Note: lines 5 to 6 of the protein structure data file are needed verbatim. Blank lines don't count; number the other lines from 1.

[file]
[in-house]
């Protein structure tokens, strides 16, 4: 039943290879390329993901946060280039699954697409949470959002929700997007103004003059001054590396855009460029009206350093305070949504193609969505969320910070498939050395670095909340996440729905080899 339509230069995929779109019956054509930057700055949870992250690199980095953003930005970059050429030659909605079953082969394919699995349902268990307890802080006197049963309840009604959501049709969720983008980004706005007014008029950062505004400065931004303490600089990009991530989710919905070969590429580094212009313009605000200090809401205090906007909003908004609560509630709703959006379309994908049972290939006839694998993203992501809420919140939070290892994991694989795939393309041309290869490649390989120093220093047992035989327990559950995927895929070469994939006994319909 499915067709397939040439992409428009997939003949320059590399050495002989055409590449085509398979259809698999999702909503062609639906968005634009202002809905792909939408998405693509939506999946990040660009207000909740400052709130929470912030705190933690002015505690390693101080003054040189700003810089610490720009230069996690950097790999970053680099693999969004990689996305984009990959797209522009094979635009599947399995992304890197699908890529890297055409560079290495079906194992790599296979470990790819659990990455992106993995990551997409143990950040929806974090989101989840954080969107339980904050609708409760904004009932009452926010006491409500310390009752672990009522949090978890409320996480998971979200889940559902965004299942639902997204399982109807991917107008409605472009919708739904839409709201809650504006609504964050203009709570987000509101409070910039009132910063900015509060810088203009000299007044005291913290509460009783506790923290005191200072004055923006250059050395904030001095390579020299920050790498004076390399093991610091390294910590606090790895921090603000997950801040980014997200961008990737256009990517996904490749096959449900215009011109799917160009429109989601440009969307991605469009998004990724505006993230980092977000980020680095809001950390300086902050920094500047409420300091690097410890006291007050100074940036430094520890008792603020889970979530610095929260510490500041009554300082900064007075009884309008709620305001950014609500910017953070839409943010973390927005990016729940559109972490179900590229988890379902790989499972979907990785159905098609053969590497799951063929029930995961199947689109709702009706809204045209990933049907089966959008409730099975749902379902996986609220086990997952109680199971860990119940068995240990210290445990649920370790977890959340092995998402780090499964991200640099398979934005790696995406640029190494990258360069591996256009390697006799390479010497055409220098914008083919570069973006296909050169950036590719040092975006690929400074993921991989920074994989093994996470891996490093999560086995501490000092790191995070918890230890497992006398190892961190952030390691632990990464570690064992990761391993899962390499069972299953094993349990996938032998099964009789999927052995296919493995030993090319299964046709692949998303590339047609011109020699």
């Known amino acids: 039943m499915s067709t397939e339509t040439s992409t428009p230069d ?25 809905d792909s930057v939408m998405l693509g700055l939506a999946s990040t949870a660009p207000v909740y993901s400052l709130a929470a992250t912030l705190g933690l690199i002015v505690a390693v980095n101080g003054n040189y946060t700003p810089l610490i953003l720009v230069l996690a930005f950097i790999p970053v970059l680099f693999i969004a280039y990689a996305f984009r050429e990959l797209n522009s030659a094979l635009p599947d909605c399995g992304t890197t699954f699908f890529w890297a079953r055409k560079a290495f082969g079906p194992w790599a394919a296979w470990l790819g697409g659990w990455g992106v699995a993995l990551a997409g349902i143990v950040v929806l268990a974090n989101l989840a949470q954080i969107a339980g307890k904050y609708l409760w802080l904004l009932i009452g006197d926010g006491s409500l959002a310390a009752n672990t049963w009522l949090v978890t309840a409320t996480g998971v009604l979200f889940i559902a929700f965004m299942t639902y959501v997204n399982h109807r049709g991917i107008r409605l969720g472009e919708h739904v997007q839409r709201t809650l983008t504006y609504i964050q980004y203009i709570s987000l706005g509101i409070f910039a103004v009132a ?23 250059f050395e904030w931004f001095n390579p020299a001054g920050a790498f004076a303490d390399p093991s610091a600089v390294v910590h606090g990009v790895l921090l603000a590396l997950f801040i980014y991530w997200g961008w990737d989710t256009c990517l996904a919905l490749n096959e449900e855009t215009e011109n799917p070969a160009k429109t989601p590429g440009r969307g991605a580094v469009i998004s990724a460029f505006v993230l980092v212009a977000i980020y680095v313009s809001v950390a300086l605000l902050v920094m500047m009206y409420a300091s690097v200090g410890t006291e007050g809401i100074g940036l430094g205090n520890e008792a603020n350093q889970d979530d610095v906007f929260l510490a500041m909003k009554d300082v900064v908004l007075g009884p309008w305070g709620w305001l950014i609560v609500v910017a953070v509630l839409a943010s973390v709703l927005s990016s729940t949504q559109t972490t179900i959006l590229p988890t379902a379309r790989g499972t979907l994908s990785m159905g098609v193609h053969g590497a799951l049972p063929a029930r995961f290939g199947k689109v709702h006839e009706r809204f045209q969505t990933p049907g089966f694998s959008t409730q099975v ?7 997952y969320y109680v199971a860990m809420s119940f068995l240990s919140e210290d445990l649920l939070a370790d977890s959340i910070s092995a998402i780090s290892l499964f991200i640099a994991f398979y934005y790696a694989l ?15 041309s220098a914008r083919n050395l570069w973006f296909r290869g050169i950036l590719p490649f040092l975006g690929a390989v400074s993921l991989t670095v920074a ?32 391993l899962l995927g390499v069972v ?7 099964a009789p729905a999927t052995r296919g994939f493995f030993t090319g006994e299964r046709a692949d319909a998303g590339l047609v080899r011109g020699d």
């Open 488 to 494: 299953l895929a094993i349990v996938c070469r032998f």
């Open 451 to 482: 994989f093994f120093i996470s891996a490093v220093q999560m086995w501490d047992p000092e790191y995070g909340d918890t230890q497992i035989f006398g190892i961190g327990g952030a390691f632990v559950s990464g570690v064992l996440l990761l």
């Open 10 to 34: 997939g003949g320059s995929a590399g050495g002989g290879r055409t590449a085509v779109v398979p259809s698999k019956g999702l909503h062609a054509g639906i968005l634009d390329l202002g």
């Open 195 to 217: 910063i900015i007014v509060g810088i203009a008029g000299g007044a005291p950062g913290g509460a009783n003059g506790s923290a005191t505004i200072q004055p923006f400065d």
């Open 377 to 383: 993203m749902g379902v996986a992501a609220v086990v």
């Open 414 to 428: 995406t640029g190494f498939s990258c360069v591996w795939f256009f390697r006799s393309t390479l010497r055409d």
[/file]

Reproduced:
């Open 451 to 482: 994989f093994f120093i996470s891996a490093v220093q999560m086995w501490d047992p000092e790191y995070g909340d918890t230890q497992i035989f006398g190892i961190g327990g952030a390691f632990v559950s990464g570690v064992l996440l990761l």
């Open 10 to 34: 997939g003949g320059s995929a590399g050495g002989g290879r055409t590449a085509v779109v398979p259809s698999k019956g999702l909503h062609a054509g639906i968005l634009d390329l202002g």